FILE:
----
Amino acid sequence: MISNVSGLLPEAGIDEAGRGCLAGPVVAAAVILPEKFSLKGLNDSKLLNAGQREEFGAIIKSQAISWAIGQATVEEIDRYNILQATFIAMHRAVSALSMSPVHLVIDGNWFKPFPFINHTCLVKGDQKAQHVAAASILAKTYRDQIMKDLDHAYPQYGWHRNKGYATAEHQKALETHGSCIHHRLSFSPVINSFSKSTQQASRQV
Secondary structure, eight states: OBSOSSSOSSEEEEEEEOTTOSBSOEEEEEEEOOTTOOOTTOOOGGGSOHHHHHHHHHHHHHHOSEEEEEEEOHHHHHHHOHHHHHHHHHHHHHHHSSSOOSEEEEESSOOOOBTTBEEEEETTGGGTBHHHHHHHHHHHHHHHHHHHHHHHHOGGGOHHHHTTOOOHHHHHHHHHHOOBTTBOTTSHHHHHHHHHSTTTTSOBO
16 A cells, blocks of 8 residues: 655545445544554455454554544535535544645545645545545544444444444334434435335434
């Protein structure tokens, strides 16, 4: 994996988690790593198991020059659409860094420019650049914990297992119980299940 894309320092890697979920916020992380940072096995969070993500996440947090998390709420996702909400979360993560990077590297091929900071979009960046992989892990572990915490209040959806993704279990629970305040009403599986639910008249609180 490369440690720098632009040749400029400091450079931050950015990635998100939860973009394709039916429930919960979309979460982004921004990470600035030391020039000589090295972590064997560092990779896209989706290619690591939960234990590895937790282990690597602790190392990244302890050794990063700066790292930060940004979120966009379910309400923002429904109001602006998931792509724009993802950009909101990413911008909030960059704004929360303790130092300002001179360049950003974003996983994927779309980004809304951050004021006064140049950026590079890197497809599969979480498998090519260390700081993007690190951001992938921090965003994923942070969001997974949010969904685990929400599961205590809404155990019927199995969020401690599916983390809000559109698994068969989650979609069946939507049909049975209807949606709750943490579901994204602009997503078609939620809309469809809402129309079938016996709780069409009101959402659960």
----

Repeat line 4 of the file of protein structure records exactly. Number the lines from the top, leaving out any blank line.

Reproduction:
């Protein structure tokens, strides 16, 4: 994996988690790593198991020059659409860094420019650049914990297992119980299940 894309320092890697979920916020992380940072096995969070993500996440947090998390709420996702909400979360993560990077590297091929900071979009960046992989892990572990915490209040959806993704279990629970305040009403599986639910008249609180 490369440690720098632009040749400029400091450079931050950015990635998100939860973009394709039916429930919960979309979460982004921004990470600035030391020039000589090295972590064997560092990779896209989706290619690591939960234990590895937790282990690597602790190392990244302890050794990063700066790292930060940004979120966009379910309400923002429904109001602006998931792509724009993802950009909101990413911008909030960059704004929360303790130092300002001179360049950003974003996983994927779309980004809304951050004021006064140049950026590079890197497809599969979480498998090519260390700081993007690190951001992938921090965003994923942070969001997974949010969904685990929400599961205590809404155990019927199995969020401690599916983390809000559109698994068969989650979609069946939507049909049975209807949606709750943490579901994204602009997503078609939620809309469809809402129309079938016996709780069409009101959402659960």